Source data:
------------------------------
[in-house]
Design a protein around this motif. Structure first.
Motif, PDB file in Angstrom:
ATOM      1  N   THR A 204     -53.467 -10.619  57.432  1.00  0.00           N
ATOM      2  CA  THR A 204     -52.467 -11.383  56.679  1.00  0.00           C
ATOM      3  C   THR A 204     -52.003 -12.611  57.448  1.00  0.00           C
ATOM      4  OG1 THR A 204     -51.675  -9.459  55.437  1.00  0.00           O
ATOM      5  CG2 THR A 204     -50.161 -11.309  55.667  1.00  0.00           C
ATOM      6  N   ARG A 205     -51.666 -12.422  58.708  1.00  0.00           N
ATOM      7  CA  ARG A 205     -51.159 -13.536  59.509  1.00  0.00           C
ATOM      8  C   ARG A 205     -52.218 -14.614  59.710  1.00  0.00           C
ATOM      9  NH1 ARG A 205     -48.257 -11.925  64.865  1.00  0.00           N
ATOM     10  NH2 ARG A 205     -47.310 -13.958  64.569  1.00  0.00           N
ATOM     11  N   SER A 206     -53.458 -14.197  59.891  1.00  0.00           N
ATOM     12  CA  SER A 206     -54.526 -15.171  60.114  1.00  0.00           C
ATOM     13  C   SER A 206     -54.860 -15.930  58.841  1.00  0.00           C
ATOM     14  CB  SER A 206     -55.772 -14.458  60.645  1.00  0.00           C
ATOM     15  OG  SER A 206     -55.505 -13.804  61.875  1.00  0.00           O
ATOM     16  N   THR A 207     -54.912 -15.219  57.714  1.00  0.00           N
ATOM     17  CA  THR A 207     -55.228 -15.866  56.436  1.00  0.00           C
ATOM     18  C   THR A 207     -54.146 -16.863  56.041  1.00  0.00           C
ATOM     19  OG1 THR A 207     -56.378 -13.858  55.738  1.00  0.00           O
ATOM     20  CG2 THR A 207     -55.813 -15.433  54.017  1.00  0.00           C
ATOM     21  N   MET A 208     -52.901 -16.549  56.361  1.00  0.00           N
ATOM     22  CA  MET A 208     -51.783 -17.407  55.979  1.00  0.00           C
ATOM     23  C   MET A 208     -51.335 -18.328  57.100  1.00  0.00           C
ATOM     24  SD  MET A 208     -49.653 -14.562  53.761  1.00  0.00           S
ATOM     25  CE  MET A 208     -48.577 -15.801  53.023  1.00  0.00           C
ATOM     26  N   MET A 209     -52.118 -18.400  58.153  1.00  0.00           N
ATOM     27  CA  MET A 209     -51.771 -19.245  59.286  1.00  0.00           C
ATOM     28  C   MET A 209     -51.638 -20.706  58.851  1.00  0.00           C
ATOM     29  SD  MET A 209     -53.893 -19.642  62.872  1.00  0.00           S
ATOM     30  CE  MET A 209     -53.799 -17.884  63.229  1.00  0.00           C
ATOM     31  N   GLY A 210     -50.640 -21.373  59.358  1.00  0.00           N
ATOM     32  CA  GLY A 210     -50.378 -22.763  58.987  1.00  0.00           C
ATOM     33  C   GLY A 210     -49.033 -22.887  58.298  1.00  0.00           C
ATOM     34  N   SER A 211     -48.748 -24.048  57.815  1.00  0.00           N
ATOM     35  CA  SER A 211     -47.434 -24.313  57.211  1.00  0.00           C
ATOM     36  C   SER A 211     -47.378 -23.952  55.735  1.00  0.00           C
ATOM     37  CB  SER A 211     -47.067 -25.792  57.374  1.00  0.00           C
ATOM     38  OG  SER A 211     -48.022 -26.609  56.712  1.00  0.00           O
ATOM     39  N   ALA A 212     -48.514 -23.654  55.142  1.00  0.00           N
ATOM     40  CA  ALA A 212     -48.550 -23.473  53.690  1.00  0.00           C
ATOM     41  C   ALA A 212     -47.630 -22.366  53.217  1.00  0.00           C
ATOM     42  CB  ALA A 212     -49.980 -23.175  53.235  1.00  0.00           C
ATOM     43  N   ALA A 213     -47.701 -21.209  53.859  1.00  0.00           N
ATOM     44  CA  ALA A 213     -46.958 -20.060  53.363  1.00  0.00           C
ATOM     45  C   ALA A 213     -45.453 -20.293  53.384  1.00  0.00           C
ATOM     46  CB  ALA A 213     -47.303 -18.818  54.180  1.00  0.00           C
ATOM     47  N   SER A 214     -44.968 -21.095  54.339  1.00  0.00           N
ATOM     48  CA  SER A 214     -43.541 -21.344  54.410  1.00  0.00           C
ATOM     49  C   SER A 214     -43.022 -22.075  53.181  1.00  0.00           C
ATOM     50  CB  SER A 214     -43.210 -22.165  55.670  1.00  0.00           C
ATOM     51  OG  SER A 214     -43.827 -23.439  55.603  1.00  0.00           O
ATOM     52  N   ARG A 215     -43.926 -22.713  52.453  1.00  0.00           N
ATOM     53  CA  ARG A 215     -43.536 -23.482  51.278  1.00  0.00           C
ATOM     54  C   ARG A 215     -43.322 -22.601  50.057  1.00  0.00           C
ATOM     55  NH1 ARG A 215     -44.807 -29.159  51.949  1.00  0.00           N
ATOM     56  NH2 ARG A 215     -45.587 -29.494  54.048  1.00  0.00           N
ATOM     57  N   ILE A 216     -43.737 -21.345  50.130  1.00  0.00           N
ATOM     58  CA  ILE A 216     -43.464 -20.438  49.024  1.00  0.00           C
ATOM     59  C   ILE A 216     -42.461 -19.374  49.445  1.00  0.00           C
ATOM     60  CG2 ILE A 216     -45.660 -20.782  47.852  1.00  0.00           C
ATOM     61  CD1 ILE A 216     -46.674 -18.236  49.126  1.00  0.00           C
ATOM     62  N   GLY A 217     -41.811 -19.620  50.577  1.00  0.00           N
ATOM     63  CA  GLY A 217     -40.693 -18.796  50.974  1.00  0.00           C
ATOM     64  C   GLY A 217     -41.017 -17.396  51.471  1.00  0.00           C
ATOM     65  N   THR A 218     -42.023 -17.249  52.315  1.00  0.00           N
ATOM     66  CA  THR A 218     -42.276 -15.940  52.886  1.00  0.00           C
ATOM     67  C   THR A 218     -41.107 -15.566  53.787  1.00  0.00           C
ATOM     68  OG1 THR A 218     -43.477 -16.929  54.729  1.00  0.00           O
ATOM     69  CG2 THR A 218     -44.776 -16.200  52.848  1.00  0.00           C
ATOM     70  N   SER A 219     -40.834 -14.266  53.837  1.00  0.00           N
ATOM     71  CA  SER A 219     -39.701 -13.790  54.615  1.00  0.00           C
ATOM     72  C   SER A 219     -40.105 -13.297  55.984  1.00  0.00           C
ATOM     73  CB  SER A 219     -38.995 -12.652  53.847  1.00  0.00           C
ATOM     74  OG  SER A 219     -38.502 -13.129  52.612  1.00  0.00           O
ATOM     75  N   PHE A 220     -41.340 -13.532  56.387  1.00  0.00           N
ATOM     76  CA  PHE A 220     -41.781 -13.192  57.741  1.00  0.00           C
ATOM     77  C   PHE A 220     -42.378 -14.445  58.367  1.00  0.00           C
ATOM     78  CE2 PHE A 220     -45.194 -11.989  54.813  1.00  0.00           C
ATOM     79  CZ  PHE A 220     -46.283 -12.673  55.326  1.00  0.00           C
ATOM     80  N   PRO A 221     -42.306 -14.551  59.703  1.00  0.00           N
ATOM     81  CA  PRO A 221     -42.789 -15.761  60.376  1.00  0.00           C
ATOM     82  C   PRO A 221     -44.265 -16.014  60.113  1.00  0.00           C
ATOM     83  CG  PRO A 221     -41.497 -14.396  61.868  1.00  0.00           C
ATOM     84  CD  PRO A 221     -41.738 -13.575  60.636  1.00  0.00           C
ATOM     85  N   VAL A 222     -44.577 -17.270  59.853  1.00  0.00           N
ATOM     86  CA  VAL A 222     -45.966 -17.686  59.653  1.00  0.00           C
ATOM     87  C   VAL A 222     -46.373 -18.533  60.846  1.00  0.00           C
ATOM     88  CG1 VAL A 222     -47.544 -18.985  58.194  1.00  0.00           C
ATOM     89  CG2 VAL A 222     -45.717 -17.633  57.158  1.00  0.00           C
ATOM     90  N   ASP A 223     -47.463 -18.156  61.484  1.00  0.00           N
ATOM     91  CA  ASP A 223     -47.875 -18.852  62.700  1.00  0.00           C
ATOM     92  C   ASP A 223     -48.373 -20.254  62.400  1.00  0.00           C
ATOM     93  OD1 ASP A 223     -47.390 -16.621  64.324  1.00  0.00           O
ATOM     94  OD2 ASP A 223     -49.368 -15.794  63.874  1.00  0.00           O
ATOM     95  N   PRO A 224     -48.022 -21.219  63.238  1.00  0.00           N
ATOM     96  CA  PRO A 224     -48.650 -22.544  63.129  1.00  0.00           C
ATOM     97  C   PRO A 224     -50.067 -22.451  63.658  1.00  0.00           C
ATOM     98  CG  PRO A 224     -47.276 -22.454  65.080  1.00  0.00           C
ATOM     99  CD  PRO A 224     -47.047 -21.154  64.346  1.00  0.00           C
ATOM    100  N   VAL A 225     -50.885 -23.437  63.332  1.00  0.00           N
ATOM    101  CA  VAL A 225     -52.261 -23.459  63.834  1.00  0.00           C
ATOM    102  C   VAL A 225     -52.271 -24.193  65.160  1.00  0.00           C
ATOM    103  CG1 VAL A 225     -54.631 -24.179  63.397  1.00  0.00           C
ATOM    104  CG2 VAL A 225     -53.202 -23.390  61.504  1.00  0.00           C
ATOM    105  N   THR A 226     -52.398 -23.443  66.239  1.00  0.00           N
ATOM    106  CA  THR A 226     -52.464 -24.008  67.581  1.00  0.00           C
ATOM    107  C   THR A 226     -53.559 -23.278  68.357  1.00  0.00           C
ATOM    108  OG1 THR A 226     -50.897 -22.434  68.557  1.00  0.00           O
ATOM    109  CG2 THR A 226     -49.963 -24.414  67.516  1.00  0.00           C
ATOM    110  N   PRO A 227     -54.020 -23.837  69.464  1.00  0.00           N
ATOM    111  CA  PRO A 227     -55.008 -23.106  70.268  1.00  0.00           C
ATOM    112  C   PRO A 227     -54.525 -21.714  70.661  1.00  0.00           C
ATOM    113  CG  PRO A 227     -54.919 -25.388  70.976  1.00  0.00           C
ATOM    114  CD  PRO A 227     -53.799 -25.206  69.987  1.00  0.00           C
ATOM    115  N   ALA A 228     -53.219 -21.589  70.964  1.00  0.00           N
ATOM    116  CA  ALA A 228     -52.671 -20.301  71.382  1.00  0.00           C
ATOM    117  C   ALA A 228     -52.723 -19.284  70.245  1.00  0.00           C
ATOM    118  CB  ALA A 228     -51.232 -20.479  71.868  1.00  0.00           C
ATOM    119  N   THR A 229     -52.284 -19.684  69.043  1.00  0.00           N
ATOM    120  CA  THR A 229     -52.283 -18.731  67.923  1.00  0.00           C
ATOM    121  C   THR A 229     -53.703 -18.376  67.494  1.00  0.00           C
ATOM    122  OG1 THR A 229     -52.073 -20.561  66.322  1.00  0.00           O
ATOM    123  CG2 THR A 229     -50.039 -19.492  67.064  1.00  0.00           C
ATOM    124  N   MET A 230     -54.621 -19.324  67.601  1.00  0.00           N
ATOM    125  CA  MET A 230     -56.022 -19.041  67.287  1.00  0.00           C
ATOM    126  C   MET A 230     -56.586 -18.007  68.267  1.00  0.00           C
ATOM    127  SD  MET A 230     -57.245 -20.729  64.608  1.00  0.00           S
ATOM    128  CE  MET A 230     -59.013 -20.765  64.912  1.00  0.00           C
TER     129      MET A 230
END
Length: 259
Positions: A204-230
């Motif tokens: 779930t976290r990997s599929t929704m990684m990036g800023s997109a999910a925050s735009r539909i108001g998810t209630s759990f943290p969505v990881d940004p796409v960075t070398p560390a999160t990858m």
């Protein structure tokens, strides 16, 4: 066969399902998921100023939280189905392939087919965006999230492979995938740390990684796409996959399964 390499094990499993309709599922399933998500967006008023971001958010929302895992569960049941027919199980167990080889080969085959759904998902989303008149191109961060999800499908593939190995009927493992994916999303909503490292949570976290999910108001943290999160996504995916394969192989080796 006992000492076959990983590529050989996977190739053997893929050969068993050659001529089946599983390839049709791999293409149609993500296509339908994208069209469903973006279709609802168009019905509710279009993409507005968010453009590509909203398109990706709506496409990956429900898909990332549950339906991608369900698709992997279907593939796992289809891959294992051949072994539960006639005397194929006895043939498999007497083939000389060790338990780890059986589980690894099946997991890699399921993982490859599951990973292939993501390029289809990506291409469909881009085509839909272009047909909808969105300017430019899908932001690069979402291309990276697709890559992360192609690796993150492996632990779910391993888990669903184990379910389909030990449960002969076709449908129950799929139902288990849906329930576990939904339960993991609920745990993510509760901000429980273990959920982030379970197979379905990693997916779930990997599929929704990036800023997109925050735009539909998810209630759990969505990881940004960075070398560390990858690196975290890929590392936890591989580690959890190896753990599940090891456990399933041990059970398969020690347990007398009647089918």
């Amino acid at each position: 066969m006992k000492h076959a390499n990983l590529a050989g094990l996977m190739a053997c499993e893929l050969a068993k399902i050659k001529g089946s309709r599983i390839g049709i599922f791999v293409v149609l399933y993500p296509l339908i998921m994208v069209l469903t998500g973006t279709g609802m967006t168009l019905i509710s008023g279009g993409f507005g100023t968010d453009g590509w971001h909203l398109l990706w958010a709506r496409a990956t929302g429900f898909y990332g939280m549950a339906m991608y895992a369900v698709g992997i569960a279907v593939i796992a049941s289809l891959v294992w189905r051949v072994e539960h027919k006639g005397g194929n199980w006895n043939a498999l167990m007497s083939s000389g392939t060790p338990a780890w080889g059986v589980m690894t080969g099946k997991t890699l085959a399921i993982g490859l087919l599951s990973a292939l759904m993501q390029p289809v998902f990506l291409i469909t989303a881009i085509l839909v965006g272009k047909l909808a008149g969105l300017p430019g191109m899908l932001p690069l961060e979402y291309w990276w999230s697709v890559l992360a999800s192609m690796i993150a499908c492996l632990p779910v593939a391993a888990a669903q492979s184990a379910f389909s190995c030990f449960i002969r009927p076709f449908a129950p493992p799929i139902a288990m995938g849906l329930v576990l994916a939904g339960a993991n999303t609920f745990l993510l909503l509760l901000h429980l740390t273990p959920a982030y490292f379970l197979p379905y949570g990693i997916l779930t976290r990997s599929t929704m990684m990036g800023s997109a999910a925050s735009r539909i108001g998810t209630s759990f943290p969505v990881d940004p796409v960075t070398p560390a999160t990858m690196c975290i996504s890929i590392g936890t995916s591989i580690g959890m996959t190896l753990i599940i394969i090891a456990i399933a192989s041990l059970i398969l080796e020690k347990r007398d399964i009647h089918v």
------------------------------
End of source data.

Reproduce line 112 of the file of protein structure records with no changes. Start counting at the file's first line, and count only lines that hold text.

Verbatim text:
ATOM    109  CG2 THR A 226     -49.963 -24.414  67.516  1.00  0.00           C